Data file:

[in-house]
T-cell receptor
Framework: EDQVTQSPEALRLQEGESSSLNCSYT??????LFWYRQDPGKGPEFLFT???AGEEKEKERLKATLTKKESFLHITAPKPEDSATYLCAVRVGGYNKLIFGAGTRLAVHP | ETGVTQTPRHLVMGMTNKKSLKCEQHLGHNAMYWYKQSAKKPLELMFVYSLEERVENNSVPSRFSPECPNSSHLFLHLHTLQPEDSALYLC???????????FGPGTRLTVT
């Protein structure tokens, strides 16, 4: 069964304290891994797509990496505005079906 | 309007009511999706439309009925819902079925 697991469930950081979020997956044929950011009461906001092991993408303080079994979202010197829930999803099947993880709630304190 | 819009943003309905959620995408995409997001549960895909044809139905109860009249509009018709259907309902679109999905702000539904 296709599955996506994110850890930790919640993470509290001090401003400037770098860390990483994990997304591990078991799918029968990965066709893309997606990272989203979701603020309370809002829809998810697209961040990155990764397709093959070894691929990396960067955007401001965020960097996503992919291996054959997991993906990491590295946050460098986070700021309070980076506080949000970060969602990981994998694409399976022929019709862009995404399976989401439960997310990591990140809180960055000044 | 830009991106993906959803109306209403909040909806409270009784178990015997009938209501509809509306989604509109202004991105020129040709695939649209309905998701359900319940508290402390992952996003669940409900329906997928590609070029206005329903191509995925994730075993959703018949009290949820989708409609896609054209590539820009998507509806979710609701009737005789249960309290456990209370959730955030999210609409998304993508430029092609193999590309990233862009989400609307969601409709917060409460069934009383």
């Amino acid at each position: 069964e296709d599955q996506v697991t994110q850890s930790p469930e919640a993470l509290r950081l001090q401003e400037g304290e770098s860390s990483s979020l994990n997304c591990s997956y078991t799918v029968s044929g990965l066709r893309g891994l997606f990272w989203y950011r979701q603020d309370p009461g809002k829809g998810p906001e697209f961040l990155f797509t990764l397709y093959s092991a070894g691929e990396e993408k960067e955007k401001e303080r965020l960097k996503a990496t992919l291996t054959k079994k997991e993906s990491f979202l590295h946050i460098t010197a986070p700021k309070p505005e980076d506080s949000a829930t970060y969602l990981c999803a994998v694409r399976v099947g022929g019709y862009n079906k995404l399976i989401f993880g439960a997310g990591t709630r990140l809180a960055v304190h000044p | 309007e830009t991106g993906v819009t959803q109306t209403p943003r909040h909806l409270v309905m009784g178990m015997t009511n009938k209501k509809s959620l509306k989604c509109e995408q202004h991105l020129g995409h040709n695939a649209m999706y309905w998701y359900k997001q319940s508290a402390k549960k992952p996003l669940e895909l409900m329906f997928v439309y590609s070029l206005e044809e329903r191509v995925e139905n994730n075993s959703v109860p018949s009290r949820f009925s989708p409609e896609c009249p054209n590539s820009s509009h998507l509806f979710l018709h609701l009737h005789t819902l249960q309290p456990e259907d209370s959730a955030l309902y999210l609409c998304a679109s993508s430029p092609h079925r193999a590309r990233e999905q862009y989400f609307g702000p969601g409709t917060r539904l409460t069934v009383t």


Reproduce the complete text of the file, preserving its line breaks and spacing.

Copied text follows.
[in-house]
T-cell receptor
Framework: EDQVTQSPEALRLQEGESSSLNCSYT??????LFWYRQDPGKGPEFLFT???AGEEKEKERLKATLTKKESFLHITAPKPEDSATYLCAVRVGGYNKLIFGAGTRLAVHP | ETGVTQTPRHLVMGMTNKKSLKCEQHLGHNAMYWYKQSAKKPLELMFVYSLEERVENNSVPSRFSPECPNSSHLFLHLHTLQPEDSALYLC???????????FGPGTRLTVT
């Protein structure tokens, strides 16, 4: 069964304290891994797509990496505005079906 | 309007009511999706439309009925819902079925 697991469930950081979020997956044929950011009461906001092991993408303080079994979202010197829930999803099947993880709630304190 | 819009943003309905959620995408995409997001549960895909044809139905109860009249509009018709259907309902679109999905702000539904 296709599955996506994110850890930790919640993470509290001090401003400037770098860390990483994990997304591990078991799918029968990965066709893309997606990272989203979701603020309370809002829809998810697209961040990155990764397709093959070894691929990396960067955007401001965020960097996503992919291996054959997991993906990491590295946050460098986070700021309070980076506080949000970060969602990981994998694409399976022929019709862009995404399976989401439960997310990591990140809180960055000044 | 830009991106993906959803109306209403909040909806409270009784178990015997009938209501509809509306989604509109202004991105020129040709695939649209309905998701359900319940508290402390992952996003669940409900329906997928590609070029206005329903191509995925994730075993959703018949009290949820989708409609896609054209590539820009998507509806979710609701009737005789249960309290456990209370959730955030999210609409998304993508430029092609193999590309990233862009989400609307969601409709917060409460069934009383």
């Amino acid at each position: 069964e296709d599955q996506v697991t994110q850890s930790p469930e919640a993470l509290r950081l001090q401003e400037g304290e770098s860390s990483s979020l994990n997304c591990s997956y078991t799918v029968s044929g990965l066709r893309g891994l997606f990272w989203y950011r979701q603020d309370p009461g809002k829809g998810p906001e697209f961040l990155f797509t990764l397709y093959s092991a070894g691929e990396e993408k960067e955007k401001e303080r965020l960097k996503a990496t992919l291996t054959k079994k997991e993906s990491f979202l590295h946050i460098t010197a986070p700021k309070p505005e980076d506080s949000a829930t970060y969602l990981c999803a994998v694409r399976v099947g022929g019709y862009n079906k995404l399976i989401f993880g439960a997310g990591t709630r990140l809180a960055v304190h000044p | 309007e830009t991106g993906v819009t959803q109306t209403p943003r909040h909806l409270v309905m009784g178990m015997t009511n009938k209501k509809s959620l509306k989604c509109e995408q202004h991105l020129g995409h040709n695939a649209m999706y309905w998701y359900k997001q319940s508290a402390k549960k992952p996003l669940e895909l409900m329906f997928v439309y590609s070029l206005e044809e329903r191509v995925e139905n994730n075993s959703v109860p018949s009290r949820f009925s989708p409609e896609c009249p054209n590539s820009s509009h998507l509806f979710l018709h609701l009737h005789t819902l249960q309290p456990e259907d209370s959730a955030l309902y999210l609409c998304a679109s993508s430029p092609h079925r193999a590309r990233e999905q862009y989400f609307g702000p969601g409709t917060r539904l409460t069934v009383t």